With the hose attachment on your vacuum, thoroughly clean out the dust and debris in your duct work. Use your long-handled brush to sweep away any mold or other contaminants you can see. Wipe the inside of the air ducts with your cleaning cloth or paper towel.
With the power to the system still turned off, remove the panels on the front of your furnace. Then, use your vacuum cleaner to get rid of dust and debris buildup inside the blower compartment. As you do so, take special precautions not to damage the furnace’s fan.
After a comprehensive air duct cleaning, always conclude the job by replacing the old, clogged filter with a new one. If you’re not sure what filter to use, or how to switch out filters, consult your owner’s manual.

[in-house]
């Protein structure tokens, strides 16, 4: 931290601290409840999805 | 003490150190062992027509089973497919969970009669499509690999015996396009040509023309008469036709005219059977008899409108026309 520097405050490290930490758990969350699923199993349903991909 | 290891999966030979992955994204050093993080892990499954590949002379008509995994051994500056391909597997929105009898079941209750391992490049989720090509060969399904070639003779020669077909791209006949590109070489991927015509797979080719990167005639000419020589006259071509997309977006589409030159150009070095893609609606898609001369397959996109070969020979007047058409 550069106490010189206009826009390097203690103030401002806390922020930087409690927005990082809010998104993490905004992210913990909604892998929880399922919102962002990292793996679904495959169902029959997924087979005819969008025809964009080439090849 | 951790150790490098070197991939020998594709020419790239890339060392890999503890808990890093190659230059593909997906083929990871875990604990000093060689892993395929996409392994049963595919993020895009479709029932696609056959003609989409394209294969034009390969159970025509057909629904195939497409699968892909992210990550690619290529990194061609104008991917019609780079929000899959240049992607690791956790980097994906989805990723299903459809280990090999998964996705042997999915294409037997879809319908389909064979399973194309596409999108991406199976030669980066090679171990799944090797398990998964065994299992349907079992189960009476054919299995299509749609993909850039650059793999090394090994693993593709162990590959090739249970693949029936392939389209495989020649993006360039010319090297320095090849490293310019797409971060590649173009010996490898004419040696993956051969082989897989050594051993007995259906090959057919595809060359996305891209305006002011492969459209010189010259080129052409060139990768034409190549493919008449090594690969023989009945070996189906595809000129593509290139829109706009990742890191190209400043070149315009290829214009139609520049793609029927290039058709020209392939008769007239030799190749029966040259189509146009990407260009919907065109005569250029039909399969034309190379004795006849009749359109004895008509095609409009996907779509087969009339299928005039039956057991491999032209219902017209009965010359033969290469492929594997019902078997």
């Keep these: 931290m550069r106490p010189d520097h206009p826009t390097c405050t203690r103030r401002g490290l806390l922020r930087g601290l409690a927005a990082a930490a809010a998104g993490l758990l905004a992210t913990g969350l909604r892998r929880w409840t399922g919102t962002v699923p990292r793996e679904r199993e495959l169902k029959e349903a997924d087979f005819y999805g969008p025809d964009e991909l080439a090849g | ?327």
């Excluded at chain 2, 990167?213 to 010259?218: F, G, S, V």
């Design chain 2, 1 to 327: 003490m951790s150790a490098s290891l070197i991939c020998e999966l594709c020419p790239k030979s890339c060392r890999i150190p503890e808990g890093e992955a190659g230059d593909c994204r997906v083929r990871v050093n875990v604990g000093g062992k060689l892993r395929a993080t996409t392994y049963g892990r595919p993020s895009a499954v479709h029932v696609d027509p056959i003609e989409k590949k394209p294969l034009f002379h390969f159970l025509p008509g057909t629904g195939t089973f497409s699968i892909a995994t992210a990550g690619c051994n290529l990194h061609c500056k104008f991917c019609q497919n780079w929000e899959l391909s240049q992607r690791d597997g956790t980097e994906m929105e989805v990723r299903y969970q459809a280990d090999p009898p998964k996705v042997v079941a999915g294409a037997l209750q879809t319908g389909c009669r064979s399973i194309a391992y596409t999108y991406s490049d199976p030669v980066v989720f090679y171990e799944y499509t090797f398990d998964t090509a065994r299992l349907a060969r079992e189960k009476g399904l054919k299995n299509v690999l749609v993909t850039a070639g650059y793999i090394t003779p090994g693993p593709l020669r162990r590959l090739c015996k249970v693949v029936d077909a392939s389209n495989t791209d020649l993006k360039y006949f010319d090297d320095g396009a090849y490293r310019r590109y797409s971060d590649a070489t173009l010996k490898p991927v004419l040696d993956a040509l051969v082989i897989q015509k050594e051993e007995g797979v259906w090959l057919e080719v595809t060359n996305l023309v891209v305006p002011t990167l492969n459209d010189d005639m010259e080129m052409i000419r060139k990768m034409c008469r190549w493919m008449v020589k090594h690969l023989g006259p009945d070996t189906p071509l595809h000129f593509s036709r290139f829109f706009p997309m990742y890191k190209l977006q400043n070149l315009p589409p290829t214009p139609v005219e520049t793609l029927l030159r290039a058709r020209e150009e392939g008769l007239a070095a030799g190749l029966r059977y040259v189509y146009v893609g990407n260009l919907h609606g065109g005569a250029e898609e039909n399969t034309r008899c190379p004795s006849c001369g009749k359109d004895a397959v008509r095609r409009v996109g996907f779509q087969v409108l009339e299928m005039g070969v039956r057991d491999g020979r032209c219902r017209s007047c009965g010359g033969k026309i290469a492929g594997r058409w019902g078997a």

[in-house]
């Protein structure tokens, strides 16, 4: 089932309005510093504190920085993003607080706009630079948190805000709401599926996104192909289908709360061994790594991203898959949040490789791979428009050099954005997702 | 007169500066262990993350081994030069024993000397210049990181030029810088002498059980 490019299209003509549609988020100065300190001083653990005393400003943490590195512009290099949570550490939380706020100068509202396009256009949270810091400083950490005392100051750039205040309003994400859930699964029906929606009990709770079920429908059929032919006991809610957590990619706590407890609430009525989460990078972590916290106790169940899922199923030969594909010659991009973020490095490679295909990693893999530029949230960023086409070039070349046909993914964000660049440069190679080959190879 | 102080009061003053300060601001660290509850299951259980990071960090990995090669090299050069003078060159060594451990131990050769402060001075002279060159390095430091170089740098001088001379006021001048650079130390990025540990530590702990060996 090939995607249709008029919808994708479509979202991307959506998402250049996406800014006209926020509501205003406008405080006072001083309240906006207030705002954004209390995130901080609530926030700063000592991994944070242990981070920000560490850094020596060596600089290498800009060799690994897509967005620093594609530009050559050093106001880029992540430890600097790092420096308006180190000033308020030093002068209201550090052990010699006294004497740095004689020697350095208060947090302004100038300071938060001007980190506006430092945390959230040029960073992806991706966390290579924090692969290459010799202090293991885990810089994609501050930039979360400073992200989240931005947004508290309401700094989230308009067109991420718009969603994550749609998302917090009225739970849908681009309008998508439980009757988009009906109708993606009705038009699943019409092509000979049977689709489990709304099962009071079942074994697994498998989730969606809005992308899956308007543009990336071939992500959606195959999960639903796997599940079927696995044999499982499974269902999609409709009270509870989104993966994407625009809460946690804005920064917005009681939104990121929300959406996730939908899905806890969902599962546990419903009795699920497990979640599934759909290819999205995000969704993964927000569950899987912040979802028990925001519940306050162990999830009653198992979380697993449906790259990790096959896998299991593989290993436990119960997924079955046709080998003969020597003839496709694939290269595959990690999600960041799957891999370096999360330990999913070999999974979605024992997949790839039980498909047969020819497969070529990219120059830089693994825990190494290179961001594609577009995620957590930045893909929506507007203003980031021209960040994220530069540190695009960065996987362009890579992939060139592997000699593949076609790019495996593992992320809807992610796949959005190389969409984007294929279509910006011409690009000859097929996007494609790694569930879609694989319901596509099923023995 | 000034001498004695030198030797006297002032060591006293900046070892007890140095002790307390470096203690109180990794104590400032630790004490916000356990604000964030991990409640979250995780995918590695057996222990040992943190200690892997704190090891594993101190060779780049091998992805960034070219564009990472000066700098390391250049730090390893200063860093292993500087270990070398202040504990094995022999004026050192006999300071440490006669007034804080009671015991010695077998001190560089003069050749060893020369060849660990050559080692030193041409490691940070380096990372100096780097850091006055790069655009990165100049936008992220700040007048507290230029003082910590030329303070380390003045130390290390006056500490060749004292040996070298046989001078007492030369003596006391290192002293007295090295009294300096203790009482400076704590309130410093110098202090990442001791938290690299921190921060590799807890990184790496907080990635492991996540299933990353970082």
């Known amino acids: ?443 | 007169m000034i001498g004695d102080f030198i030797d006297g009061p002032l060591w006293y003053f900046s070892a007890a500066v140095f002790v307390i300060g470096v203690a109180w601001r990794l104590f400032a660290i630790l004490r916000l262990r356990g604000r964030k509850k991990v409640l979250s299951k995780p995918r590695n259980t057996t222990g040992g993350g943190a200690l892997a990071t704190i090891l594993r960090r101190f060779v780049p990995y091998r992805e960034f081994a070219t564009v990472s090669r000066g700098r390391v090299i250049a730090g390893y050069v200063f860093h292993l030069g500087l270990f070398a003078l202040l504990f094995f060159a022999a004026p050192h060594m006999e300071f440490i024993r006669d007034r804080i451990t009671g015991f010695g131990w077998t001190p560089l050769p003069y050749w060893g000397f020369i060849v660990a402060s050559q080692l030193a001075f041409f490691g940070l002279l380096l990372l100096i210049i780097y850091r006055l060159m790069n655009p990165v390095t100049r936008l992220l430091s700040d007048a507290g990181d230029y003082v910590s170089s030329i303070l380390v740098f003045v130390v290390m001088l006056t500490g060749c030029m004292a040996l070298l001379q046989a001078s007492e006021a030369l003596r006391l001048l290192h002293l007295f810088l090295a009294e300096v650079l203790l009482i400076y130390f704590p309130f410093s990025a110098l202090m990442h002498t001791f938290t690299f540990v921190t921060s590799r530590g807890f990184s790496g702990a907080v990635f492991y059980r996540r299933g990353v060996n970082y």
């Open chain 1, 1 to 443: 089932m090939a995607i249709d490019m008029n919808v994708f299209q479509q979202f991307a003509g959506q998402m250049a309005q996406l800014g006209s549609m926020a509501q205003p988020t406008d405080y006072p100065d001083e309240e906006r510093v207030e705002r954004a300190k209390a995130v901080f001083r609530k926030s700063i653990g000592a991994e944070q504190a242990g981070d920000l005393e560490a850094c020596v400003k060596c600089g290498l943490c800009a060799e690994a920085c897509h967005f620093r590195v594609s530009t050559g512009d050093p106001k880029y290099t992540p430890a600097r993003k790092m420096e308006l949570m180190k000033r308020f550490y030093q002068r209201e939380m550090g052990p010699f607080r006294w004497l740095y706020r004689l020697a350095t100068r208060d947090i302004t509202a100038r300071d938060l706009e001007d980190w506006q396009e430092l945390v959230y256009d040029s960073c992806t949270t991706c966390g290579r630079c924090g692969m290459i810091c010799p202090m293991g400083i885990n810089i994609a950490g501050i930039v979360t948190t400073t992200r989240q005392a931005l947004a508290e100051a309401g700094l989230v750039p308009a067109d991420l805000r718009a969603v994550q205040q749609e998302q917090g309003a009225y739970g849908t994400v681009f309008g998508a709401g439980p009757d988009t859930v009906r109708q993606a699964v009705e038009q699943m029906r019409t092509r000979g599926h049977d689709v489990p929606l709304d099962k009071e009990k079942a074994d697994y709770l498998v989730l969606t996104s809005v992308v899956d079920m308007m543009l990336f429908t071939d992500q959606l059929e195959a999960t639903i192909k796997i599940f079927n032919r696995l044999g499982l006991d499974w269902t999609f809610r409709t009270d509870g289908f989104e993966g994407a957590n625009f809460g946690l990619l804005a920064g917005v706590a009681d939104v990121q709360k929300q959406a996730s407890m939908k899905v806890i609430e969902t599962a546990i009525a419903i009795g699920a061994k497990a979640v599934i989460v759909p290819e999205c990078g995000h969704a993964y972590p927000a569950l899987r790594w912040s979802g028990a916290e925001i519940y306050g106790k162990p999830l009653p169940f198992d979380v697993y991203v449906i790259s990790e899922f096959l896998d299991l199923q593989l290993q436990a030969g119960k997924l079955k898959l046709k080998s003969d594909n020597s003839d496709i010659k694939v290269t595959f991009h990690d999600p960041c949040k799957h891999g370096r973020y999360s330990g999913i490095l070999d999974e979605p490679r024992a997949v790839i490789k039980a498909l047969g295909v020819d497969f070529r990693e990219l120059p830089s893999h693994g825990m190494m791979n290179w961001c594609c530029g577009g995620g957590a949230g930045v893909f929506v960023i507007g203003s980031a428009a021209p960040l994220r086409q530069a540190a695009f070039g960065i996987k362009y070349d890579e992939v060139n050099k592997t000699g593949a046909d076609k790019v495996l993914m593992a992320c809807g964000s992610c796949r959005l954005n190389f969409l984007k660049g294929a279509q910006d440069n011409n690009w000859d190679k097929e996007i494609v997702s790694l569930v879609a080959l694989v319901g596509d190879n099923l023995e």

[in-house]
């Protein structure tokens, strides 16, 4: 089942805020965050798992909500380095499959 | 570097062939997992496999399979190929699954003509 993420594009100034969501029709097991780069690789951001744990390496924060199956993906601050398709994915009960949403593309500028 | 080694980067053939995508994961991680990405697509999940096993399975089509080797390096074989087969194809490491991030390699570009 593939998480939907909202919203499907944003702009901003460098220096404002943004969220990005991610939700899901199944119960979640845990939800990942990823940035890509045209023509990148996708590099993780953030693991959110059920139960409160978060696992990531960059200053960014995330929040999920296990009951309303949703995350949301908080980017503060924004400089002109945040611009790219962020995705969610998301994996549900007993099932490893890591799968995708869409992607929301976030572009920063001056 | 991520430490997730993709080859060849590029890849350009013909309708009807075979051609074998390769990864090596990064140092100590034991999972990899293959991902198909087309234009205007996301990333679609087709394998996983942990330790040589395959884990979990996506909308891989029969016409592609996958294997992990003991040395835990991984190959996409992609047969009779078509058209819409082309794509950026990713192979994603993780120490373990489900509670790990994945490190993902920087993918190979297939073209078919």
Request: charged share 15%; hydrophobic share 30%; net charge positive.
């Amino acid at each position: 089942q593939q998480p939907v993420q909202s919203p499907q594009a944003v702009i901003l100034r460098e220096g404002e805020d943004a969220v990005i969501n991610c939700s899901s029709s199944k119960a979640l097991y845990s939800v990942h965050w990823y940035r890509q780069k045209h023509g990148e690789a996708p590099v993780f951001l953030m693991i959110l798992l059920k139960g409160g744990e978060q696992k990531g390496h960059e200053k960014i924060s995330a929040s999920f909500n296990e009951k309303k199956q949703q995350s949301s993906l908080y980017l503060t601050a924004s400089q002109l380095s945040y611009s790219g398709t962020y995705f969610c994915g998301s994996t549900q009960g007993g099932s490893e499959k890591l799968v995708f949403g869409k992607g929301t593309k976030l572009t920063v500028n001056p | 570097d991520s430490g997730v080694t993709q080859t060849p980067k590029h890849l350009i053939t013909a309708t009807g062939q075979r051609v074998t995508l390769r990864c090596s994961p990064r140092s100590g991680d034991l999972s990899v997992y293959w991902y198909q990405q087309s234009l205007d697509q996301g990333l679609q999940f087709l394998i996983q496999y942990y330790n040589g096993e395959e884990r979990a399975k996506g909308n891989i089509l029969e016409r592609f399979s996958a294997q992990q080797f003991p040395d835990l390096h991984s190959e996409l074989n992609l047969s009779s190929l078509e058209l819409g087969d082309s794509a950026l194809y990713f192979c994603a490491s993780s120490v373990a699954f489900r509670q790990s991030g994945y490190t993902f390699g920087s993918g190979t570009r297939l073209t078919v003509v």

Once you’ve finished cleaning your air ducts, visually inspect the system to verify a job well done. As you do so, you can use the checklist below to determine the thoroughness of your work. If you answer “no” to any of these questions, revisit those elements.
|General||Did you clean the entire heating and cooling system, including duct work, drain pans, humidifiers, coils and fans?|
|Heating Components||Is the heat exchanger surface noticeably clean?|
|Cooling components||Are both sides of the cooling coil clearly clean?
When you shine a light into the cooling coil, can you see it coming out the other side?
Are the coil fins straight, not bent or pushed together?